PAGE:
The tornado caused injuries, overturned cars and blew off the roofs of buildings in the small town.
GAYLORD, Michigan. – A rare northern Michigan tornado tore through a small community on Friday, killing at least one person and injuring more than 40 others.
About 230 miles (370 kilometers) northwest of Detroit, the town of Gaylord, home to about 4,200 people, struck at around 3:45 p.m.
Mike Klepadlo, owner of the Alter-Start North car repair shop, said he was hiding in the bathroom with his staff.
“I am just happy to be alive. He blew up the back of the building. ” “Six meters of the back wall have disappeared. There is no roof at all. At least half of the building is still here. It’s bad. “
Emma Goddard, 15, said she worked at the Tropical Smoothie Cafe and received a phone alert about a tornado. Thinking that the weather outside was “stormy but not frightening,” he rejected it and returned to work. Then his mother called and he reassured her that she was fine.
Goddard texted the Associated Press that two minutes later, when a co-worker’s mother yelled at them to get to the back of the building, she spilled the smoothie on the customer. They took refuge in the refrigerator, where they could hear that the windows were broken.
“I was shoulder-to-shoulder with seven colleagues, the parents of two colleagues, and a lady from Door Dash, who came to pick up her sweets.”
About 15 minutes later, as he stepped out of the refrigerator, “they saw that a few of our cars were torn to pieces and the whole place was insulated,” Goddard said. Three neighboring businesses were destroyed, he said.
Brian Lawson, a spokesman for Munson Healthcare, said 23 people were treated for a tornado at Otsego Memorial Hospital and one died. He did not know the condition of the wounded or the name of the deceased.
Michigan police confirmed in a tweet that more than 40 people had been injured and were being treated at regional hospitals, with one dead. The provincial police planned to hold a briefing on Saturday morning.
“I’ve never seen anything like it in my life,” said Mayor Todd Sharrard. “I’m fine.”
A video posted on the Internet shows a dark funnel cloud forming from a cloud where nervous drivers look at the road unknowingly or drive slowly.
Another video showed large ruins along Main Street in the city. One building appeared to have been extensively destroyed and the Goodwill store severely damaged. The collapsed power pole stretched along the side of the road, and debris, including electrical wires and items that looked like parts of the Marathon gas station, were scattered across the street.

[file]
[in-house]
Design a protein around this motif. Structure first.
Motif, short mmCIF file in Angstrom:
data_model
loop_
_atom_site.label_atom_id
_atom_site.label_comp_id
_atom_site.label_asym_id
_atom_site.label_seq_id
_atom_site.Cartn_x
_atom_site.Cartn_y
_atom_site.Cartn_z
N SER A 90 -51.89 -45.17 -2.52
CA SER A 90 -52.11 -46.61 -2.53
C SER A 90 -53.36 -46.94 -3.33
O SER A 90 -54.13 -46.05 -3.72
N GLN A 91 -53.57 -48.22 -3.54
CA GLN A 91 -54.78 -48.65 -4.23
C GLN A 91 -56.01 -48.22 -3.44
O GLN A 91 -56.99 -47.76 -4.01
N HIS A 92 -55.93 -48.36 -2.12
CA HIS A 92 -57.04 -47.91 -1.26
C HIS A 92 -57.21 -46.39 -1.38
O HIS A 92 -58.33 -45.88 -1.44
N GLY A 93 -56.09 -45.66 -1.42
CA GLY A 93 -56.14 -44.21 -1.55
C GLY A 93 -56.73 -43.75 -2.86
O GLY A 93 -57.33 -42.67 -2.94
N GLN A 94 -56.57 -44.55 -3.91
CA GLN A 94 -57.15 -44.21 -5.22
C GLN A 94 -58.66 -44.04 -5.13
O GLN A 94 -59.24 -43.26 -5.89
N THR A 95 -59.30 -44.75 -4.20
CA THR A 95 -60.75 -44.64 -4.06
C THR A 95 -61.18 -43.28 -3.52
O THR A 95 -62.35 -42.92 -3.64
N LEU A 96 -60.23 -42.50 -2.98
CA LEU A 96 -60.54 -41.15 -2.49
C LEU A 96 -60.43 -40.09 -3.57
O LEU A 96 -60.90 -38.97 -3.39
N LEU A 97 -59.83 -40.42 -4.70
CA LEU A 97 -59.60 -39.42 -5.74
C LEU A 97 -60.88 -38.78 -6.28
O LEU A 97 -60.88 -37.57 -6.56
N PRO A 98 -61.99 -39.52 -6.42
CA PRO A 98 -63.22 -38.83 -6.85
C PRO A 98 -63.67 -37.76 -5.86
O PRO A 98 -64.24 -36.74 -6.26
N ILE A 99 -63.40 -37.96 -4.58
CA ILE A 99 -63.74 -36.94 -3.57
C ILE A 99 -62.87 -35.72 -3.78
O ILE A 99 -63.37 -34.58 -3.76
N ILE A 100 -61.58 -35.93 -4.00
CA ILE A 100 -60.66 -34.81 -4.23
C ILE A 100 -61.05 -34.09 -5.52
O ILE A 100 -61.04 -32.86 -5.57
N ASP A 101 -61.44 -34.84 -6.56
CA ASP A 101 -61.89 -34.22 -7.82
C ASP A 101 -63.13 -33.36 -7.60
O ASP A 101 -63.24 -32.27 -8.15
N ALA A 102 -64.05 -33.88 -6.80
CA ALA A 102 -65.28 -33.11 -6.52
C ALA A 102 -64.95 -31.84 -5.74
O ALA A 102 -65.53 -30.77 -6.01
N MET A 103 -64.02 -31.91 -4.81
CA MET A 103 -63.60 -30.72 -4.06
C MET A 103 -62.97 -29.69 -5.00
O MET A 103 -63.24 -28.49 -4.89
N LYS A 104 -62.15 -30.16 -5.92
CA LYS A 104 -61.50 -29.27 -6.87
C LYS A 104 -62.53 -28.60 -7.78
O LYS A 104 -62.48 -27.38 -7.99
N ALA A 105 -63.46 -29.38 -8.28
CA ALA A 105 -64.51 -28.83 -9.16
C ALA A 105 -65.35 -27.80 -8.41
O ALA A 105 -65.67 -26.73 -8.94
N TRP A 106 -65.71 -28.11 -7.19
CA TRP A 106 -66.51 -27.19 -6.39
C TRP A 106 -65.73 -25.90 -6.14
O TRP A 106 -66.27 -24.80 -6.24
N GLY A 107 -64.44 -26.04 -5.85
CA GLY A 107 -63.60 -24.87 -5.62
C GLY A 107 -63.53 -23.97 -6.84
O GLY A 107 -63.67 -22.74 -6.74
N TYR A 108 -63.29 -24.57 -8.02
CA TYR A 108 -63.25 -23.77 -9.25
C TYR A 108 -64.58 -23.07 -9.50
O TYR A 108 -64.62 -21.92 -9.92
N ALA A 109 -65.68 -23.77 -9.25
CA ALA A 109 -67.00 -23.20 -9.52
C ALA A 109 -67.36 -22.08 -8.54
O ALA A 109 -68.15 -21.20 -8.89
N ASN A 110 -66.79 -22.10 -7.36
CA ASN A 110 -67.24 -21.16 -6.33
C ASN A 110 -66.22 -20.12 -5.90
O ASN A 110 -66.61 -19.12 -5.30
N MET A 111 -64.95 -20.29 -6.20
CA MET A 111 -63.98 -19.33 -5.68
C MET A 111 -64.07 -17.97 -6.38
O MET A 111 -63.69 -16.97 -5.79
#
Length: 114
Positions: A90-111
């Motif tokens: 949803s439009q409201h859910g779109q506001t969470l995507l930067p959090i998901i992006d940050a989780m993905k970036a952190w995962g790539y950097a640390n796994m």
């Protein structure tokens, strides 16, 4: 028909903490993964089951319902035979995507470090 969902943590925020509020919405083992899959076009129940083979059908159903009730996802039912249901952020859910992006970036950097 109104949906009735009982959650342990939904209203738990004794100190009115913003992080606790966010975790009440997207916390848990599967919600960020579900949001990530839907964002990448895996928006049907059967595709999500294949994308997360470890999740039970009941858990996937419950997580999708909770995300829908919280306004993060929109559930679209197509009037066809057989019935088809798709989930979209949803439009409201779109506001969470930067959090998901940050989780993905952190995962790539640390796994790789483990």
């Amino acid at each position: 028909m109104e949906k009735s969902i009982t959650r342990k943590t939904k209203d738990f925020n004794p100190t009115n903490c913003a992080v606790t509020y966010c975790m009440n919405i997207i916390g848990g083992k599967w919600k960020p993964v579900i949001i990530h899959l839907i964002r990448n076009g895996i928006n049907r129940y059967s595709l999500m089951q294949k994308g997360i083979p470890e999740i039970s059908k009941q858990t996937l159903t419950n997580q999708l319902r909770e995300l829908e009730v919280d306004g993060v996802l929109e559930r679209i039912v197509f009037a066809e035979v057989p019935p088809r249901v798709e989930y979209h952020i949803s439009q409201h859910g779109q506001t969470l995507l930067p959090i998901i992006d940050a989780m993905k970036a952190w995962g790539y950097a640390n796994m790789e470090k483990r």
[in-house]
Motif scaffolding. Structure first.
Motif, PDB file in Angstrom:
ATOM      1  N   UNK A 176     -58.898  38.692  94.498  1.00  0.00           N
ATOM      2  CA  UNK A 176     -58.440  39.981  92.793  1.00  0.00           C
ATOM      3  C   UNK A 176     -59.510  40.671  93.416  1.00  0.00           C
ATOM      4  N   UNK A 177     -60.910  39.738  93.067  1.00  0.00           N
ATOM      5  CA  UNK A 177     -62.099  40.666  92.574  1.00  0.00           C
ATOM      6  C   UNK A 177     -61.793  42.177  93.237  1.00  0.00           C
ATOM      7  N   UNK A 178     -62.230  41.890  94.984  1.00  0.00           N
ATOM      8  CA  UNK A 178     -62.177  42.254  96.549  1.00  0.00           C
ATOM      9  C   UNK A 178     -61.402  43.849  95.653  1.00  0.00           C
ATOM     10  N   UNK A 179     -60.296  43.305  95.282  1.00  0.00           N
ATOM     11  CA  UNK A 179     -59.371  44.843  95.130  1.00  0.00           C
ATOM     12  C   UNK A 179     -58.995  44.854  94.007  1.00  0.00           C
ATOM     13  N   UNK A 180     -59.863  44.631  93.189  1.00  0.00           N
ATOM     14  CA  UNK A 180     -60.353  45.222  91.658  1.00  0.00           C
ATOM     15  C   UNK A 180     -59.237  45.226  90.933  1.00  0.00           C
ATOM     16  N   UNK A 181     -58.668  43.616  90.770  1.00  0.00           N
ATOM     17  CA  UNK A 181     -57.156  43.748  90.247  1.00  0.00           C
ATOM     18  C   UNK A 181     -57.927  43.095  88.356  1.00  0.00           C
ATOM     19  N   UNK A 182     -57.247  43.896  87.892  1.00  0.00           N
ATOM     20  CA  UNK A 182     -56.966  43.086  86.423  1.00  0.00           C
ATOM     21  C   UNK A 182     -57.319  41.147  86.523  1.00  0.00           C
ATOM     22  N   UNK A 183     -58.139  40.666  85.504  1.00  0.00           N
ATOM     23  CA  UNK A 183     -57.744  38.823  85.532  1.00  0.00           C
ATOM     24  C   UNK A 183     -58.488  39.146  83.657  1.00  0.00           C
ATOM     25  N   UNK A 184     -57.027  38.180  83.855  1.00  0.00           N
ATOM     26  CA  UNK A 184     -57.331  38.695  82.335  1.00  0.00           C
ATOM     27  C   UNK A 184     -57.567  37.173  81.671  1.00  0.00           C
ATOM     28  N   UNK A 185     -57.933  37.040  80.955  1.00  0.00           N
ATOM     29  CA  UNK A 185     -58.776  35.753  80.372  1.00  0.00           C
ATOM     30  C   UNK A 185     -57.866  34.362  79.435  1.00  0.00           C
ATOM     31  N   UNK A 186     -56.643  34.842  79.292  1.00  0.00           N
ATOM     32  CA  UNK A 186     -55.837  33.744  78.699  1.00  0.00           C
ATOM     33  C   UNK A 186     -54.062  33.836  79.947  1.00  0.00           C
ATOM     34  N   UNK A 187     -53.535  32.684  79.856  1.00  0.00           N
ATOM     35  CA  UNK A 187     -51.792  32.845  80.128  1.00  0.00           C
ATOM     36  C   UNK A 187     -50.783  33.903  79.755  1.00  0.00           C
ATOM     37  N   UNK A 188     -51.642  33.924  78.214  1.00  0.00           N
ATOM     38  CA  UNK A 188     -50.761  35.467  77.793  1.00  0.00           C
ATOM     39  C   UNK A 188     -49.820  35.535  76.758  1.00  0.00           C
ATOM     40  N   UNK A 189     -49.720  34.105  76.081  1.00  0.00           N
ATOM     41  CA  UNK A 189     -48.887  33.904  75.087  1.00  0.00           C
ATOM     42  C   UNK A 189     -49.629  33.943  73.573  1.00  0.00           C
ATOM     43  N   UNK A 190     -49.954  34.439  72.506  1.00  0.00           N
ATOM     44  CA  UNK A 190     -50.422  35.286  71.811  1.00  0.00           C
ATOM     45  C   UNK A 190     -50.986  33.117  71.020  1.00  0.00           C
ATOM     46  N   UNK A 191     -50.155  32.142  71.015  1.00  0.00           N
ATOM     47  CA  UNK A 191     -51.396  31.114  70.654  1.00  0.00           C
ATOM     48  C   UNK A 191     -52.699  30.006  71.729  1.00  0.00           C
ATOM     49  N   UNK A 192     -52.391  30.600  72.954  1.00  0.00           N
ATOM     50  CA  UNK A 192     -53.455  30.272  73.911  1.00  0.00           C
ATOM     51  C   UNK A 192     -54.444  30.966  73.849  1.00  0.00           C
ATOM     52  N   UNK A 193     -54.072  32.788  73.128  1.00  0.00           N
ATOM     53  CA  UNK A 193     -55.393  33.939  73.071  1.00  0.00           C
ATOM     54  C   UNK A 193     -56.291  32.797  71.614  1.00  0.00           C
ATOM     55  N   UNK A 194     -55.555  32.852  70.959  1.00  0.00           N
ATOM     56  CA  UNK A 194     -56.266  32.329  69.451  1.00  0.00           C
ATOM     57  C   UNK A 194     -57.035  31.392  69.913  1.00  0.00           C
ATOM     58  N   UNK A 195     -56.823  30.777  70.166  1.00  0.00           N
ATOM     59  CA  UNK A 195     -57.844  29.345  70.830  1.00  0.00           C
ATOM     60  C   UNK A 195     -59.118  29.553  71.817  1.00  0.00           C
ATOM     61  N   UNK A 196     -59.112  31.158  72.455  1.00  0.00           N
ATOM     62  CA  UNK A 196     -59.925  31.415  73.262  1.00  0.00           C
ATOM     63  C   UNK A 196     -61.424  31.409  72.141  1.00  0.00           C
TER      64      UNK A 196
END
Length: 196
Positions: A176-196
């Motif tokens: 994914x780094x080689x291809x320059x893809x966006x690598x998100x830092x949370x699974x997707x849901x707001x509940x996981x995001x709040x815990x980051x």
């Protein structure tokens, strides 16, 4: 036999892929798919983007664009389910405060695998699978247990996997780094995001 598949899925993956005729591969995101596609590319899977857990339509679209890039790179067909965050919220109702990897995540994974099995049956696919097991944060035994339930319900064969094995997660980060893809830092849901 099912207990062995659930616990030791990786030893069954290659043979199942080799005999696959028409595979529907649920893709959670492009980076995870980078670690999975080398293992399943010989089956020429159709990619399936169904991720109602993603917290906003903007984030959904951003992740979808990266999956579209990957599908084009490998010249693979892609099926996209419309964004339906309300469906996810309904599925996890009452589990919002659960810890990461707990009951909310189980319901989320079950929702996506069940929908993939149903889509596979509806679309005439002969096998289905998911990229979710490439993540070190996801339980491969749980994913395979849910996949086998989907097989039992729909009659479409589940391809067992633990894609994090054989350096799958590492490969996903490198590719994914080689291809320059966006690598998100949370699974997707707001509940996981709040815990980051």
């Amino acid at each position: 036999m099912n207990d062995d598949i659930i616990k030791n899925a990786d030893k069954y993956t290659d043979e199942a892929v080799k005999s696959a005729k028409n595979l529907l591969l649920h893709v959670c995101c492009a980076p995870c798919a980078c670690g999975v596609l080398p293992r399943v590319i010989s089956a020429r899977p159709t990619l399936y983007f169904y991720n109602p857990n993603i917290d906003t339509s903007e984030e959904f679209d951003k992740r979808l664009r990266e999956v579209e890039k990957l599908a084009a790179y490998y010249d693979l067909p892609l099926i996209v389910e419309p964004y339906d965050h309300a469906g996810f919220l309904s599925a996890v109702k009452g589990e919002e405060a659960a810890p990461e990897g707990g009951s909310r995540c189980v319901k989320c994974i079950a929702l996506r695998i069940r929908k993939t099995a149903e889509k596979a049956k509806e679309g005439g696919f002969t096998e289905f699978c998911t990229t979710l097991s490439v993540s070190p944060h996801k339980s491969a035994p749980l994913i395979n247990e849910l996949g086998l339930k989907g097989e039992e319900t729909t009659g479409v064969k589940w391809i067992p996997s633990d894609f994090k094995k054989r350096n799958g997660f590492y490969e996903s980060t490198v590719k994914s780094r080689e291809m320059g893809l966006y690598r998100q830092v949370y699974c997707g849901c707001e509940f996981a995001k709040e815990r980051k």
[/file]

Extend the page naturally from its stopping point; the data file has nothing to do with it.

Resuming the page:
The Red Cross established a shelter in the church.
Brandie Slough, 42, said she and a teenage daughter searched the toilet at Culver’s. The windows of the fast food restaurant were blown up when it appeared, and his pickup truck fell on the roof of the parking lot.
“We shook our heads in disbelief, but we are thankful that we are safe. Who cares about the truck at this time, “Slough said.
Eddie Thrasher, 55, said he was sitting in front of a car parts store when his tornado appeared on top of him.
“There are collapsed roofs of businesses, a number of industrial warehouses,” Thrasher said. “The RVs were turned upside down and destroyed. Many ambulances were traveling from the east of the city.
He said he ran to the store to get on it.
“My adrenaline was going crazy,” Thrasher said. “It’s over in less than five minutes.”
Extreme winds are rare in this part of Michigan because the Great Lakes generate energy from storms, especially in early spring when the lakes are very cold, said Jim Keysor, a meteorologist with the National Weather Service in Gaylord.
“If many children and young adults had lived in Gaylord all their lives, they would never have been exposed to severe weather directly,” he said.
According to Keysor, the last time a straight wind blew in Gaylord in 1998 was 100 mph. According to him, the conditions that caused Friday’s curvature include the cold front moving from Wisconsin and hitting the hot and humid air over Gaylord, and the additional composition that turns the winds in the lower part of the atmosphere.
Governor Gretchen Whitmer declared a state of emergency for Otsego County and provided additional resources to the county.
Known as the “Alpine Village”, Gaylord is gearing up to celebrate its 100th anniversary this year, a centenary that will include a parade and open house at City Hall later this summer.
The community also hosts the annual Alpenfest in July, a holiday inspired by the Alps that honors the city’s heritage and partnership with the Swiss sister city.
White reported from Detroit. AP correspondents Corey Williams in Detroit, Ken Kusmer in Indianapolis, Sarah Burnett in Chicago and Steve Karnowski in Minneapolis contributed.
Hurricane Michigan killed one person and injured at least 40 others
Source link Hurricane Michigan killed one person and injured at least 40 others